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Being aware of what’s happening around you is paramount for a journalist. Learning how to be a photojournalist, you will find that the more comfortable you are with your camera gear and with basic photographic tips and techniques, the more you will be able to focus on the possible news going on as you’re out and about.
You may be going to a specific event or area, looking for a story to capture. This will require you to really be alert. You already know there is the possibility of a good photojournalism story, now you need to be extra alert to all the nuances of what’s happening.
Pay attention to the background noise. That chatter just might be a clue as to where to point your camera. Besides the voices of other people, keep an eye out for anything in the surroundings that could be your next image.
Keep It Sharp
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Sharply in focus, that is. A blurry shot of the most important moment of this month isn't likely to get picked up by Reuters or the AP, unless you’re absolutely the only person there at all with a camera. How likely is that scenario with the ubiquitous smartphone in everyone’s hands?
So you will need to practice your focusing techniques. Know what your camera autofocus can do, how to control it, and when to focus manually. Henri Cartier-Bresson mastered the photojournalism techniques of prefocusing and capturing the peak of the action or the decisive moment.
Those photojournalism tips play a huge role in being able to capture images that tell a story and tell it well. The decisive moment also takes into account subject motion and good hand holding techniques. We’ve covered all of these in other articles on this website.
Shoot A Lot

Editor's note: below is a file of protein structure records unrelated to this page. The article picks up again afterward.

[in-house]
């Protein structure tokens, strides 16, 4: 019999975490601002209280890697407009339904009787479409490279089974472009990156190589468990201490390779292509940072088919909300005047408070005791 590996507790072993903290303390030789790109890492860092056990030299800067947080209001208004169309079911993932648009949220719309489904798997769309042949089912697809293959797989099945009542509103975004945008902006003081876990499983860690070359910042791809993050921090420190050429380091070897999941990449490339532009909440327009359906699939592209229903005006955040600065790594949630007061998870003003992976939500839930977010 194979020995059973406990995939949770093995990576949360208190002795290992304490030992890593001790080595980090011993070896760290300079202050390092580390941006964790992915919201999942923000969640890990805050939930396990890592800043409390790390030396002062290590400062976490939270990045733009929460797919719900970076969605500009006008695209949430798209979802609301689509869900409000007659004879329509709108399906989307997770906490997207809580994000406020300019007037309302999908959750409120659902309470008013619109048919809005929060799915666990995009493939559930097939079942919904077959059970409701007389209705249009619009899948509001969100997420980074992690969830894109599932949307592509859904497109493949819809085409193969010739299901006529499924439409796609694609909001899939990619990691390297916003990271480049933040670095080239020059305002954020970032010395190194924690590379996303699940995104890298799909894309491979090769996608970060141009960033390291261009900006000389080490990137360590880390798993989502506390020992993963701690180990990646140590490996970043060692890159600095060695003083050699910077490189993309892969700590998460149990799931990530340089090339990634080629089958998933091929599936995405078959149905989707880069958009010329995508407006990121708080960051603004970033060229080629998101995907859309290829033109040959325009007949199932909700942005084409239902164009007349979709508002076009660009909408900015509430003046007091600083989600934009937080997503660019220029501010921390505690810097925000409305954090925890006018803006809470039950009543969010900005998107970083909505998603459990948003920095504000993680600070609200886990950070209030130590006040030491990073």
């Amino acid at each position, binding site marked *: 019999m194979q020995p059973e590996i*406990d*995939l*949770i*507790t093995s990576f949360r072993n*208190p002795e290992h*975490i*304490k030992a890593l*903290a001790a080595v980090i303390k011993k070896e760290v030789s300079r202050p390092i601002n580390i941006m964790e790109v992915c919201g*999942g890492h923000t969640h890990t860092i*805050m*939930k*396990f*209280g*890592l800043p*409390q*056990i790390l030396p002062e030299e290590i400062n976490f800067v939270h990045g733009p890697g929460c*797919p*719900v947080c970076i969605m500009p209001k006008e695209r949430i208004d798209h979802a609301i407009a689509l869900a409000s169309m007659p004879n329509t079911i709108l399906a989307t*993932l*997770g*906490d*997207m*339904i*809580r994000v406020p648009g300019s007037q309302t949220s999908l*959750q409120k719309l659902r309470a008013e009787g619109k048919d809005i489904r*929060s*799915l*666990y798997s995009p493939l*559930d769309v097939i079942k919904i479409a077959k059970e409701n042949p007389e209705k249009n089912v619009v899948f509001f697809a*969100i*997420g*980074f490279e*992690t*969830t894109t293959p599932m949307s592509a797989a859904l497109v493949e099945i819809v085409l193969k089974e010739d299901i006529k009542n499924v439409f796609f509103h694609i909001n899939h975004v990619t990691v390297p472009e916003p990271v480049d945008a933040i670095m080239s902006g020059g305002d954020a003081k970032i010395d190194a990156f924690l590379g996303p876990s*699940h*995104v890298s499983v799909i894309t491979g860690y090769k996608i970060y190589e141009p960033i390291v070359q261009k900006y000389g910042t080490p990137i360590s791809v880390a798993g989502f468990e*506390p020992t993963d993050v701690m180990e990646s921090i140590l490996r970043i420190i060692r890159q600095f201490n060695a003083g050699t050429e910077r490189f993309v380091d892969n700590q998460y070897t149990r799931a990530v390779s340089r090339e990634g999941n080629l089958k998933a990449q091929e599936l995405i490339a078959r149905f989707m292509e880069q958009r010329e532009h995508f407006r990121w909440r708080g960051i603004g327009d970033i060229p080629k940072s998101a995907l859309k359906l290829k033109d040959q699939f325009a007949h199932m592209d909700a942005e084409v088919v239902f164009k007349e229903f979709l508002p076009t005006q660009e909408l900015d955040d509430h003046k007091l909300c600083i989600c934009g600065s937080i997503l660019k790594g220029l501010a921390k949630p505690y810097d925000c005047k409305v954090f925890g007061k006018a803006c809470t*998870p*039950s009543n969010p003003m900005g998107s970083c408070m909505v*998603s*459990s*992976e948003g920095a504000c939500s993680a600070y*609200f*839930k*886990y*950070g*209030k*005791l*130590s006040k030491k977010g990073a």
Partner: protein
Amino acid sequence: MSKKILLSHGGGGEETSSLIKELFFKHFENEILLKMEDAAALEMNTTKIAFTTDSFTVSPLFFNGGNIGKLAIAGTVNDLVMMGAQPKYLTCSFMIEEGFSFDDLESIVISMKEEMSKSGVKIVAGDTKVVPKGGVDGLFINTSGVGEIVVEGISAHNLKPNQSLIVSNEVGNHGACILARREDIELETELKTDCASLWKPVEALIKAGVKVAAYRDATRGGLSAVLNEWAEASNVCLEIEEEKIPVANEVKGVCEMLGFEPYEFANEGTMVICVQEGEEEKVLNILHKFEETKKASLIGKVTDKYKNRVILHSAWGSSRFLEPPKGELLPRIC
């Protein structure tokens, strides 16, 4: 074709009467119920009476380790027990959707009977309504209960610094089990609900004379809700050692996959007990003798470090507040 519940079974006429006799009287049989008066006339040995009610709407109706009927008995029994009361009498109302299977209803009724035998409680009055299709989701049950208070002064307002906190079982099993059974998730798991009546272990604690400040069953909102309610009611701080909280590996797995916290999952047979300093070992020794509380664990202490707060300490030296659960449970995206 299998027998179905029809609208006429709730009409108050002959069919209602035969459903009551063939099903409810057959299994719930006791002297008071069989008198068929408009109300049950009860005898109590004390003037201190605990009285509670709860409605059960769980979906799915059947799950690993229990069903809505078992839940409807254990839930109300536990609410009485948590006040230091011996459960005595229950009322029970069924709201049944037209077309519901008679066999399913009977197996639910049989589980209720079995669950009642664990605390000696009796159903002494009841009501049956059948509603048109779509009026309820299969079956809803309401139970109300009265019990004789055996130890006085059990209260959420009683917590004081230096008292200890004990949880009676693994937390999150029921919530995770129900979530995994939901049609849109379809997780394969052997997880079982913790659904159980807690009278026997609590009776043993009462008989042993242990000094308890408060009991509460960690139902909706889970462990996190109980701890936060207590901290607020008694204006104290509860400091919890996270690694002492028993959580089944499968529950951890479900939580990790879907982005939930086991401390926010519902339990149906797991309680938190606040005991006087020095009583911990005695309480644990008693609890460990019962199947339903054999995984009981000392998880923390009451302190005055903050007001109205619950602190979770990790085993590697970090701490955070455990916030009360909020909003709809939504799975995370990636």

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You won’t be able to carefully plant yourself somewhere and set up for the one perfect shot in most cases. Taking a lot of pictures is going to help you get into the flow as well.
You don’t really want to just keep shooting without any thought, but if one image is going to be used somewhere, it couldn’t hurt to have a variety of images to choose from.
This is one of the cases where shooting in JPEG may actually be preferable to camera RAW, since their smaller size won’t fill up memory cards as fast, plus, the JPEGs can be shared immediately if necessary, no processing required.
Edit To Find The Best Image
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If your own image doesn't grab you, it won’t capture attention from someone else either. Look for image issues, such as bad focus, subject motion, deep shadow, burnt out highlights, uncomfortable composition or camera angle, or anything else that detracts from the image.
Just because we’re capturing news doesn’t mean that just any image will do regardless of quality. If given the choice, any news editor will choose a well exposed, sharply focused image over a lower quality photo.
How To Be A Photojournalist
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There are many things to consider as you take your first steps towards being a photojournalist, these photojournalism tips are designed to get you up and running. Keep taking your camera with you, keep looking for a good story, and do keep safe, too.
If you find this world of photojournalism to be something worth entering, build on these ideas and keep practicing. You may also find yourself wanting some more education concerning how to be a photojournalist. Online schools and courses exist for free or low cost from numerous sources.
Who knows, we might be seeing and talking about one of your photojournalism images next.